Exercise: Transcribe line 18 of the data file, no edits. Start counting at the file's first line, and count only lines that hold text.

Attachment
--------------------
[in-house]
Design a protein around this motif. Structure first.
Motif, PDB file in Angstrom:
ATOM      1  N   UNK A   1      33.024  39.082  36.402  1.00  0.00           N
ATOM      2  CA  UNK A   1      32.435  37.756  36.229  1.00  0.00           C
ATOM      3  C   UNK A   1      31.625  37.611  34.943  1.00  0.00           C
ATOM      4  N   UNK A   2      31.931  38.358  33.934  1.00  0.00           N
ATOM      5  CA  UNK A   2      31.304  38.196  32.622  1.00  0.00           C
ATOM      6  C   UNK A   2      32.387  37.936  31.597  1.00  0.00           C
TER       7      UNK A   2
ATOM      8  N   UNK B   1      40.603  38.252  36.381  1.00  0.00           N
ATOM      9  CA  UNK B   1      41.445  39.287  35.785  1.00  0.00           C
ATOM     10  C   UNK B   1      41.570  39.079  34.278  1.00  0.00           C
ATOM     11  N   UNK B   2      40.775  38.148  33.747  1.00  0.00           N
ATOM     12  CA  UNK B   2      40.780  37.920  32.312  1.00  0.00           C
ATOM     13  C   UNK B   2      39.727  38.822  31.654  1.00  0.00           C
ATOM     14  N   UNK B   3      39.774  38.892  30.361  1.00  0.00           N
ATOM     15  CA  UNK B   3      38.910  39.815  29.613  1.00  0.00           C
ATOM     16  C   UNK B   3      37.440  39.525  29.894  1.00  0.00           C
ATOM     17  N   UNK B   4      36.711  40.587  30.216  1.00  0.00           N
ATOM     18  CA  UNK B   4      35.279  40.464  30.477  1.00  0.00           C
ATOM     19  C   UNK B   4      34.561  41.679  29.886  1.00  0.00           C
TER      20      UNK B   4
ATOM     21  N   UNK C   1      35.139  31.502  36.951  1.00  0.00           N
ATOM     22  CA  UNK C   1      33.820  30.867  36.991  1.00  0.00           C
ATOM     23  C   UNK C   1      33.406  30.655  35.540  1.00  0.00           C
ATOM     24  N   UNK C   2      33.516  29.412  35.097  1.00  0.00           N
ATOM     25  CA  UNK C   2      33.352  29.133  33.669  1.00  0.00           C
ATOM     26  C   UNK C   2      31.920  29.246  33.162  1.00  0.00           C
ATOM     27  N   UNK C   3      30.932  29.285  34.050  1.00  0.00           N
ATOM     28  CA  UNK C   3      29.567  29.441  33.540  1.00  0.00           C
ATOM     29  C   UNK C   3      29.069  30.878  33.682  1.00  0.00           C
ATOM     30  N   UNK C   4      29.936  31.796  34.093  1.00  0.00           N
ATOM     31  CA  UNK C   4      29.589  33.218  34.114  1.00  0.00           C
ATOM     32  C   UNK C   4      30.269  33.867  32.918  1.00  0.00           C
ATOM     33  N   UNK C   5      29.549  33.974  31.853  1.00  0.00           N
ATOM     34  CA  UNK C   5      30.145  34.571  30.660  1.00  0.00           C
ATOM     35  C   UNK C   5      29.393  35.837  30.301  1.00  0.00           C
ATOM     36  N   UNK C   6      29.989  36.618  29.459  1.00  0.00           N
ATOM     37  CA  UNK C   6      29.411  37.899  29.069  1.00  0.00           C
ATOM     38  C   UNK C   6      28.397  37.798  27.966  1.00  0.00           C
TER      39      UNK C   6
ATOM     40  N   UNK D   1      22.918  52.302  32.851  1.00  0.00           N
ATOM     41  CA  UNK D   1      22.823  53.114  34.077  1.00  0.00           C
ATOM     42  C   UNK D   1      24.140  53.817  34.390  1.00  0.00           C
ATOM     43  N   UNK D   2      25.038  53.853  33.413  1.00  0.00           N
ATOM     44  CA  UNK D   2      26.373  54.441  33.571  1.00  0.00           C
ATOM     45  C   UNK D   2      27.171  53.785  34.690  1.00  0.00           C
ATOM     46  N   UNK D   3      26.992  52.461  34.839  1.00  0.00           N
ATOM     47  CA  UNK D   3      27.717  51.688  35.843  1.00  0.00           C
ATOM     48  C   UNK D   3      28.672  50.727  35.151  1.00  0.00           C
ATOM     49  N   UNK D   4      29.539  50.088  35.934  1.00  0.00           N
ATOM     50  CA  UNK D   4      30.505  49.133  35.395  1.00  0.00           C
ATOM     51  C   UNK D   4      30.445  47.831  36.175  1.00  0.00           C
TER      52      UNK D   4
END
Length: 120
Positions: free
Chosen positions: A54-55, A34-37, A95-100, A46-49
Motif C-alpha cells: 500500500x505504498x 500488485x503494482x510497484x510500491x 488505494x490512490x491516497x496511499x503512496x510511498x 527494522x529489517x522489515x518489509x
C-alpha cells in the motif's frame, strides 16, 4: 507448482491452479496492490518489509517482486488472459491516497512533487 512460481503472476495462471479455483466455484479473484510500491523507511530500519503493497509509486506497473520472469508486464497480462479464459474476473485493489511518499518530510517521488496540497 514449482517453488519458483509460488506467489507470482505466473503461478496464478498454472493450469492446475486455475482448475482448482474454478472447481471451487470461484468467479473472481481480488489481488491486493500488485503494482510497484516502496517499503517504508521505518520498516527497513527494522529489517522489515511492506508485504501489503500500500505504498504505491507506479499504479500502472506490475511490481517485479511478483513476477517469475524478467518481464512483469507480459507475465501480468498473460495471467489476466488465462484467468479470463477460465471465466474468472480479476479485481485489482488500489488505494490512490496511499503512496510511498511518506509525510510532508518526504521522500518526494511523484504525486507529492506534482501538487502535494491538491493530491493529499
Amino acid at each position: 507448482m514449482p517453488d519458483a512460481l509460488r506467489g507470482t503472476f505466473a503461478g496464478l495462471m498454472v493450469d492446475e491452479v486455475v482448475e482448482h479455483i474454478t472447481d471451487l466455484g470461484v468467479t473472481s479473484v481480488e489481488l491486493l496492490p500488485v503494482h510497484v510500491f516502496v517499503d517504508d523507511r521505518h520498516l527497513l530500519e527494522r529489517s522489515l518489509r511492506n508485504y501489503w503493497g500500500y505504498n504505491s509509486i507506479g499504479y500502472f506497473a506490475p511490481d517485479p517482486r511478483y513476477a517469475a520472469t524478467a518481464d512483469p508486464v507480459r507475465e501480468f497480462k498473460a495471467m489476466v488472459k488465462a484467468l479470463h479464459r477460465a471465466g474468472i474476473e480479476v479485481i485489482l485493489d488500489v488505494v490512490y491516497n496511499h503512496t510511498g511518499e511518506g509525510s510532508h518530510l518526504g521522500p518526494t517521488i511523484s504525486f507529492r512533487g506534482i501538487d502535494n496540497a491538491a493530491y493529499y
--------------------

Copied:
ATOM     15  CA  UNK B   3      38.910  39.815  29.613  1.00  0.00           C